Academic journal article Education Next

Remembering an Education President: George H.W. Bush Led by Enabling, Not Mandating, State and Local Reform

Academic journal article Education Next

Remembering an Education President: George H.W. Bush Led by Enabling, Not Mandating, State and Local Reform

Article excerpt

DURING HIS 1988 CAMPAIGN, George H. W. Bush said, "I want to be the education president." Was he?

No, says the K-12 Teachers Alliance. It ranks "education presidents" based on their use of federal mandates to direct school success--as Bill Clinton did with Goals 2000, George W. Bush did with No Child Left Behind, and Barack Obama did with Race to the Top and conditional waivers to federal law.

Yes, I say. I still believe what I wrote in 1993 after serving 22 months as Bush's education secretary: "When the dust settles and the history books are written, President George H. W. Bush's leadership in education will be recognized as among his most significant and lasting contributions."

Instead of relying on federal mandates, Bush in 1989 convened a national summit of governors to establish six national education goals focusing on improved graduation and literacy rates; student achievement; school readiness; and the elimination of drugs and violence in schools. Then, in April 1991, he launched the bipartisan America 2000 strategy in every state to mobilize the country, community by community, toward meeting those goals.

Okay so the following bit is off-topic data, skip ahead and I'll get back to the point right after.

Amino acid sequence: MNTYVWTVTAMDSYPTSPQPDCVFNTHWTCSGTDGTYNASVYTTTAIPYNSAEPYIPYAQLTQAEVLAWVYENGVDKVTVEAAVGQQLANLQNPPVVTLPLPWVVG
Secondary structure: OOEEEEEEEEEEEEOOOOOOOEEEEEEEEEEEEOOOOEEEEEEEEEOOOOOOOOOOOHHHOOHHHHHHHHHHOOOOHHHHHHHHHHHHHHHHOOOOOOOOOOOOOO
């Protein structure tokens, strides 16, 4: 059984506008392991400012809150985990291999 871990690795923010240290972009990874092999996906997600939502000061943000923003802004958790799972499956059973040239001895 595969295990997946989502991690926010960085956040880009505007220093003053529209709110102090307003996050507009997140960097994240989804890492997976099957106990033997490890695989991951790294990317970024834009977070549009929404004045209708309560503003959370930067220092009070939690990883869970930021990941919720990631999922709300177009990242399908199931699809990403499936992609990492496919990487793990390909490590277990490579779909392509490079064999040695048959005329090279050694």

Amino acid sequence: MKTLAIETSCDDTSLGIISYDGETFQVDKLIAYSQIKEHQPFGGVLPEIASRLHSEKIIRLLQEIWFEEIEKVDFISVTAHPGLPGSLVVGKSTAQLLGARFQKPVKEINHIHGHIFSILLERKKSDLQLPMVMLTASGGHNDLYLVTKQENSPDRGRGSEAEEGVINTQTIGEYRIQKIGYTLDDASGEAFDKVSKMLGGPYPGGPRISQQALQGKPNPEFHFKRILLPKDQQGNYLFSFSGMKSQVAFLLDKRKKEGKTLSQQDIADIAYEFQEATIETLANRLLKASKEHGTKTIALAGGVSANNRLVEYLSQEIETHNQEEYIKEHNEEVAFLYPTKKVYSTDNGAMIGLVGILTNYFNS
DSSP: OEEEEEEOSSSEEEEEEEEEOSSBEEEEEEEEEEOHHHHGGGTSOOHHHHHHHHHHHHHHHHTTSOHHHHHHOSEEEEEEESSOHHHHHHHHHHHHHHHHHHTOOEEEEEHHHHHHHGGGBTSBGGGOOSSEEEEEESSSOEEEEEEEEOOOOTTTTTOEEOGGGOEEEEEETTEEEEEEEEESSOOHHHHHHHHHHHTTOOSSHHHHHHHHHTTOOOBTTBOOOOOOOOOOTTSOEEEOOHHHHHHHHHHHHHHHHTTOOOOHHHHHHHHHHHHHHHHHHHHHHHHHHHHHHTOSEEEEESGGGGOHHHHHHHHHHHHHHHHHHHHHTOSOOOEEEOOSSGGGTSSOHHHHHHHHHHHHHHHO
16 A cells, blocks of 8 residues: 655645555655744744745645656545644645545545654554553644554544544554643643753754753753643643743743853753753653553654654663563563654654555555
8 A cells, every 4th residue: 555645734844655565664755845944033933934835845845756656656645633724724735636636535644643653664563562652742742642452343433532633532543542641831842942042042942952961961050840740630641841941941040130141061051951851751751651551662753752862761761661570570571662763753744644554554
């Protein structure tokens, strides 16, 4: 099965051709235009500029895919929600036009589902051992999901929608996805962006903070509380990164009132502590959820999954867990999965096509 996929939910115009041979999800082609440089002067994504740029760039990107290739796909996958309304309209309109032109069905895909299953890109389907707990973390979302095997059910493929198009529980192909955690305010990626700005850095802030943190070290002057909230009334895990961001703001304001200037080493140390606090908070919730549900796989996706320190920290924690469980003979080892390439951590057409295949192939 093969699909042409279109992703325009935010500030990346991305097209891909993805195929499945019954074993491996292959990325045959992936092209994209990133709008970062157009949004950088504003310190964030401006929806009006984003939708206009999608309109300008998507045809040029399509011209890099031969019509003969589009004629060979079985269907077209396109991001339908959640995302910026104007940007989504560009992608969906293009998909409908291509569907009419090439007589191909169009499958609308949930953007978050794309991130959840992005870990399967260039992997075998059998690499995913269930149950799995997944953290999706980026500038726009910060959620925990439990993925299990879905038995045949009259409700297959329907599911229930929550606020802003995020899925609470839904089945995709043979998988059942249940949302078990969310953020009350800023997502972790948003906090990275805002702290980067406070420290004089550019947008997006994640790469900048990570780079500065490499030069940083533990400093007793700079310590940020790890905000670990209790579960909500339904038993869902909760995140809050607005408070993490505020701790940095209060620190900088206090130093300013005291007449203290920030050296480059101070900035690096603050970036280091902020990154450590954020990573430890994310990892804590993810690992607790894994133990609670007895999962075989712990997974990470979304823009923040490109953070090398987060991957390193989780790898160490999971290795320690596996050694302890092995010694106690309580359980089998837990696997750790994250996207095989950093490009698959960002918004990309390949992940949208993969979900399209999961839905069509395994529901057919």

In addition to America 2000, the president's agenda included a series of truly radical initiatives: 1) a new set of voluntary national standards in core-curriculum subjects, including science, history, English, geography, arts, civics, and foreign languages (math already was done); 2) a voluntary national examination system geared to those new standards; 3) a new generation of thousands of start-from-scratch, break-the-mold, and public charter schools; 4) more autonomy and flexibility for teachers in their classrooms through the waiver of federal rules and regulations; and 5) a $500 million GI Bill for Children to give middle- and low-income families $1,000 scholarships to spend at any lawfully operated school of their choice (which Congress did not approve). With the nation's governors, he created the bipartisan National Education Goals Panel of governors, members of Congress, and administration officials to monitor progress toward the goals. The private, nonprofit New American Schools Development Corporation raised $50 million to fund design teams to help communities create break-the-mold schools.

Enactment of the Every Student Succeeds Act (ESSA) in 2015 confirms that most governors, teachers, superintendents, parents, school board members, and members of Congress today agree with H. …

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